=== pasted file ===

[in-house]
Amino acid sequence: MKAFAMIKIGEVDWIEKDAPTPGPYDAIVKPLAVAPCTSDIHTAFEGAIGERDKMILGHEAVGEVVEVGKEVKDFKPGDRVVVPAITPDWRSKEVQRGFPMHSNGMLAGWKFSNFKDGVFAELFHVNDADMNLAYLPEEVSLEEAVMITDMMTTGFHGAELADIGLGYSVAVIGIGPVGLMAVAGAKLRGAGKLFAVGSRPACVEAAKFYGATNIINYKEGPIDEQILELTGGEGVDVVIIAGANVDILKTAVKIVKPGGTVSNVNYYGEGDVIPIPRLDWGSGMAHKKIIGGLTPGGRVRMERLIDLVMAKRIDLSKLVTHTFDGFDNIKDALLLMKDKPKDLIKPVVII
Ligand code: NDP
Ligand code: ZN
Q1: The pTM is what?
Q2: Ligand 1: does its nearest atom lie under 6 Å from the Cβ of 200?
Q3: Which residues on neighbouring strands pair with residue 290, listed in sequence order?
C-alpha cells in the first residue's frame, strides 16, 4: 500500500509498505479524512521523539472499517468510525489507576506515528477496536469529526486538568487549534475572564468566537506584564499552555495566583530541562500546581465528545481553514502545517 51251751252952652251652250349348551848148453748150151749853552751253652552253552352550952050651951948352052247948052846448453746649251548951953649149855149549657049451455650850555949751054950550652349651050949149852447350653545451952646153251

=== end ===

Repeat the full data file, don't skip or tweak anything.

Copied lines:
[in-house]
Amino acid sequence: MKAFAMIKIGEVDWIEKDAPTPGPYDAIVKPLAVAPCTSDIHTAFEGAIGERDKMILGHEAVGEVVEVGKEVKDFKPGDRVVVPAITPDWRSKEVQRGFPMHSNGMLAGWKFSNFKDGVFAELFHVNDADMNLAYLPEEVSLEEAVMITDMMTTGFHGAELADIGLGYSVAVIGIGPVGLMAVAGAKLRGAGKLFAVGSRPACVEAAKFYGATNIINYKEGPIDEQILELTGGEGVDVVIIAGANVDILKTAVKIVKPGGTVSNVNYYGEGDVIPIPRLDWGSGMAHKKIIGGLTPGGRVRMERLIDLVMAKRIDLSKLVTHTFDGFDNIKDALLLMKDKPKDLIKPVVII
Ligand code: NDP
Ligand code: ZN
Q1: The pTM is what?
Q2: Ligand 1: does its nearest atom lie under 6 Å from the Cβ of 200?
Q3: Which residues on neighbouring strands pair with residue 290, listed in sequence order?
C-alpha cells in the first residue's frame, strides 16, 4: 500500500509498505479524512521523539472499517468510525489507576506515528477496536469529526486538568487549534475572564468566537506584564499552555495566583530541562500546581465528545481553514502545517 51251751252952652251652250349348551848148453748150151749853552751253652552253552352550952050651951948352052247948052846448453746649251548951953649149855149549657049451455650850555949751054950550652349651050949149852447350653545451952646153251